Beasts at Bedtime: Revealing the environmental wisdom of children’s literature

Zoologist Liam Heneghan encourages parents to surround their children with nature

The book examines staples of children’s literature such as Winnie the Pooh

The book examines staples of children’s literature such as Winnie the Pooh

Sat, Jul 14, 2018, 06:00


Book Title:
Beasts at Bedtime: Revealing the Environmental Wisdom of Children’s Literature


Liam Heneghan

University of Chicago Press

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Beginning with a relatively simple proposition - that imaginative literature can stimulate a love of the natural world and a sense of environmental stewardship in children - Liam Heneghan’s Beasts at Bedtime combines a reflective passion for nature, and a close naturalist’s eye, with a genuine and gentle wisdom. It works from the premise that “humans, in all their mystifying achievement and their mystifying failure, are environmental beings”, and is less an academic title than a heartfelt gift and plea to those raising children, written from one parent to another.

Some chapters of Beasts at Bedtime, such as On the Mallard and The Why and What of Islands, are philosophical reflections on the ways by which we live in the world, whereas others focus on exploring literary works more closely. The book is informed by eco-theory throughout, but always maintains a lightness of touch, and is never saddled by over-formality. Its aim, as Heneghan himself writes early on, is “to reveal just how ecologically sophisticated such stories can be, with a view to helping you become a better steward of your child’s environment and, by extension, ethical education”.

Heneghan is a zoologist - an animal biologist - by training, not a specialist in children’s literature, though Beasts at Bedtime never makes a claim to review the extensive scholarship on the subject. Rather, Heneghan offers a book written by “an environmental biologist inclining toward stories”, “a parent writing for others with an interest in the environmental sensibilities in kids.”

It ranges from the staples of children’s literature (Peter Rabbit, Winnie the Pooh, Hans Christian Andersen, the Brothers Grimm), through Maurice Sendak’s 1963 Where the Wild Things Are and the works of J RR Tolkien - who famously wrote that “in all my works I take the part of trees as against all of their enemies” - and concludes with the modern sagas of JK Rowling’s Harry Potter and Suzanne Collins’s dystopian Hunger Games. Heneghan also examines the particular Irish ecologies of his youth, exploring the works of the prolific Cork-born writer L T Meade (who is currently undergoing a critical reappraisal), the Irish fairy tales of James Stephens, and the epic world of the Táin Bó Cúailnge.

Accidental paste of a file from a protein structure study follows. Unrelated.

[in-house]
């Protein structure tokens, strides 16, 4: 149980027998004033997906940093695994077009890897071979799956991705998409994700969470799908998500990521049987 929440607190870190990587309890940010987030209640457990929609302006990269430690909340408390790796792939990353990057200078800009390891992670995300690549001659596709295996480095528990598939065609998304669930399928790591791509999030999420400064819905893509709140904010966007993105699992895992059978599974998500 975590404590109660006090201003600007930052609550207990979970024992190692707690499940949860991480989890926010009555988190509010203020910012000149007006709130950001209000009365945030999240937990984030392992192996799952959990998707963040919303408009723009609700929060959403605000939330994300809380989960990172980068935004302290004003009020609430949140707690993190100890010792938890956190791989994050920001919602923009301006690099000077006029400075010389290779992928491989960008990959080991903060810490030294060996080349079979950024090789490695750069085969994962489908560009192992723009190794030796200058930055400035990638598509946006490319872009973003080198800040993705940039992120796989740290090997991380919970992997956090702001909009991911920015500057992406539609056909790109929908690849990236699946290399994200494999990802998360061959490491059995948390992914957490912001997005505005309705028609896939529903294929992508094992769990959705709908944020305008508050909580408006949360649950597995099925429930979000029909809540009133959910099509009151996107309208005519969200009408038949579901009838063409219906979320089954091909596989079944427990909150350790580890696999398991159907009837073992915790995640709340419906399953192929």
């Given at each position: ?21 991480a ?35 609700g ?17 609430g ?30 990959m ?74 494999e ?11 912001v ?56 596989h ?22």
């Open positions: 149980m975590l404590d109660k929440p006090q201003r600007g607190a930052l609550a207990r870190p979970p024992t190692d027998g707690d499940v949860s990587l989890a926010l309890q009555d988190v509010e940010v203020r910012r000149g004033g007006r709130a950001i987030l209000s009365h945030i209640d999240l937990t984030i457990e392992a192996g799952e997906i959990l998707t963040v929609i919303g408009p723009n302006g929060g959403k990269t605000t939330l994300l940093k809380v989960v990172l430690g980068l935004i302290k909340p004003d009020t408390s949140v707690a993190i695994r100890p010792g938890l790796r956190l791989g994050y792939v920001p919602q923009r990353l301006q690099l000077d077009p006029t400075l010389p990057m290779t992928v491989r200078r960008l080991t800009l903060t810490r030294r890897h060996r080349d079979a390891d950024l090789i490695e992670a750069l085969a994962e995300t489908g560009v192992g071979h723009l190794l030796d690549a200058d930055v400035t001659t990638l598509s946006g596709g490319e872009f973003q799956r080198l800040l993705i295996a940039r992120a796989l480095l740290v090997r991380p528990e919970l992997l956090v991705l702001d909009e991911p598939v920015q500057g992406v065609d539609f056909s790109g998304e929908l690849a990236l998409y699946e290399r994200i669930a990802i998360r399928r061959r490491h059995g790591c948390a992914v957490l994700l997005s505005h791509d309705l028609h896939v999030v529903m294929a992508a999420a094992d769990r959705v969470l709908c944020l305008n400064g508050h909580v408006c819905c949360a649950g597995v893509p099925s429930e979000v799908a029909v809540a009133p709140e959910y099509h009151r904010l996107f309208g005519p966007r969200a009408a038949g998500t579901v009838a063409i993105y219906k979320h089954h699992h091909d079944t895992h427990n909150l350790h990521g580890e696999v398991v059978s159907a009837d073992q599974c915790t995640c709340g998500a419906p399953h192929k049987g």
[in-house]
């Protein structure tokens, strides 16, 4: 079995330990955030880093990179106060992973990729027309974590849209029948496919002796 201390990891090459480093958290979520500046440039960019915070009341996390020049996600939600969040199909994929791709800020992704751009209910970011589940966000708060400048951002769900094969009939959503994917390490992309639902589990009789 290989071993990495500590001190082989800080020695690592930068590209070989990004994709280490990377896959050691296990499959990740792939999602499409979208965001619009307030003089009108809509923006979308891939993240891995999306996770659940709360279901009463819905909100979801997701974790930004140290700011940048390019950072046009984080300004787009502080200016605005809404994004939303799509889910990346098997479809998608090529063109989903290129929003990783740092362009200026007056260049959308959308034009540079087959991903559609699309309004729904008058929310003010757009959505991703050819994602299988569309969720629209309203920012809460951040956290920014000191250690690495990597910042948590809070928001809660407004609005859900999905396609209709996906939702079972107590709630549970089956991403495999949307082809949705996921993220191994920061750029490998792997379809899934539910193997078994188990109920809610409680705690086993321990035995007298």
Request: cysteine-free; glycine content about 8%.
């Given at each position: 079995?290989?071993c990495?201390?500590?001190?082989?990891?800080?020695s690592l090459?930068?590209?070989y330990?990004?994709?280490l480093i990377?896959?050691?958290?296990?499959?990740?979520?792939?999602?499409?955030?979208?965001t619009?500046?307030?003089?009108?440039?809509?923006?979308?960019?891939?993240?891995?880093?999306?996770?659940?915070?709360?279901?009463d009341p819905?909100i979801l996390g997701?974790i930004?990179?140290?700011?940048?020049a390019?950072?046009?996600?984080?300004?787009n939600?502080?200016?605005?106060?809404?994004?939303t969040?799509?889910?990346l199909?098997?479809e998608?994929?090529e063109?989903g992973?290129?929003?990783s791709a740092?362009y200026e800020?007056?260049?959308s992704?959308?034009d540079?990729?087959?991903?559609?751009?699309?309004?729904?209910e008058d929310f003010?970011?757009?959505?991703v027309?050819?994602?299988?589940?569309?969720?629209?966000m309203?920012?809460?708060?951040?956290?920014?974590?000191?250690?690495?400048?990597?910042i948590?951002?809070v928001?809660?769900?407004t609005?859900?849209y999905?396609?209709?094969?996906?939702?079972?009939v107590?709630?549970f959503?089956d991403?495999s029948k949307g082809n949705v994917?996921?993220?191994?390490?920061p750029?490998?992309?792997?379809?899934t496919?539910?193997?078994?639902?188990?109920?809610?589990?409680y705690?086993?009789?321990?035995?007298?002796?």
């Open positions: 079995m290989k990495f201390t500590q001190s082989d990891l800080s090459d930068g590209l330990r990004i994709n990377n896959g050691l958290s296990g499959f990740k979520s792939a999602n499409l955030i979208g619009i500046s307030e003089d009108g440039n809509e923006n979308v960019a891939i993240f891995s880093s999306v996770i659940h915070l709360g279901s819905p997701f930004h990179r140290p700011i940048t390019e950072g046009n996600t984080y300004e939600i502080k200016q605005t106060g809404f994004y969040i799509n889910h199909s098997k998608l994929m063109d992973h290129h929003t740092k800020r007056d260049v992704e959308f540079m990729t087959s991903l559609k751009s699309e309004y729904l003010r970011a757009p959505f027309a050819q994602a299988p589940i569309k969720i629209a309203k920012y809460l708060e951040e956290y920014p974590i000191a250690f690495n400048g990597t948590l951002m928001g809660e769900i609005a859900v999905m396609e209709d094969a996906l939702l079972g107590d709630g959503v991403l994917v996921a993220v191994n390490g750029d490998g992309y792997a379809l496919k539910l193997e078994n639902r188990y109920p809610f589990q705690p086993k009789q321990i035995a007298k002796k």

Our childhood landscape

Central to Heneghan’s book is the idea that, “since a person’s attunement toward nature is most often determined by youthful encounters with place, that which is most delightful to us in nature as adults is that which we remember from our youth. Thus, the landscapes of our adulthood, whether we have moved 300 miles or 3,000, tend to remain somewhat unfamiliar to us and, as a consequence, difficult to understand, much less to love.” In rather a romantic way, Heneghan suggests that the world of the child is one of a much purer communion with the natural world, and he seeks a critical language to define this shift into an adult experience of environment.

Beasts at Bedtime ends with a call to parents to surround their children with nature, to encourage their attachment to animals and plants. Of course, for many this is easier said than done, and the book could be criticised for its lack of attention to the specific difficulties faced by those raising children in urban environments, or those without the leisure time and money to devote to excursions to national parks or “wild” places. That said, the experience of nature is wide-ranging, and urban nature itself can be captivating and mysterious.

Following the environmental philosopher Glenn Albrecht, who argues that our vocabulary is currently inadequate to describe our “psychoterratic” states - or “how the state of the Earth relates to our state of mind” - Heneghan coins his own word to discuss the link between aging and our connection to the natural world around us. For Albrecht, “topophilia” (“a love of place”) finds its contrary in “solastalia” (“the desolate feeling associated with the chronic decline of a homescape”). Heneghan proposes an addition to this vocabulary - the word “toponesia”, combining the Greek topos (place) and amnesia (loss of memory) to evoke the loss of connection with place that we experience as we grow older.

Implicit in Heneghan’s work is the way in which adults too can reconnect with the natural world through their exploration of it with their children. As Christopher Milne, son of Winne the Pooh author A A Milne and the basis for the character of Christopher Robin, wrote in his memoir, “My father, who had derived such happiness from his childhood, found in me the companion with whom he could return there”.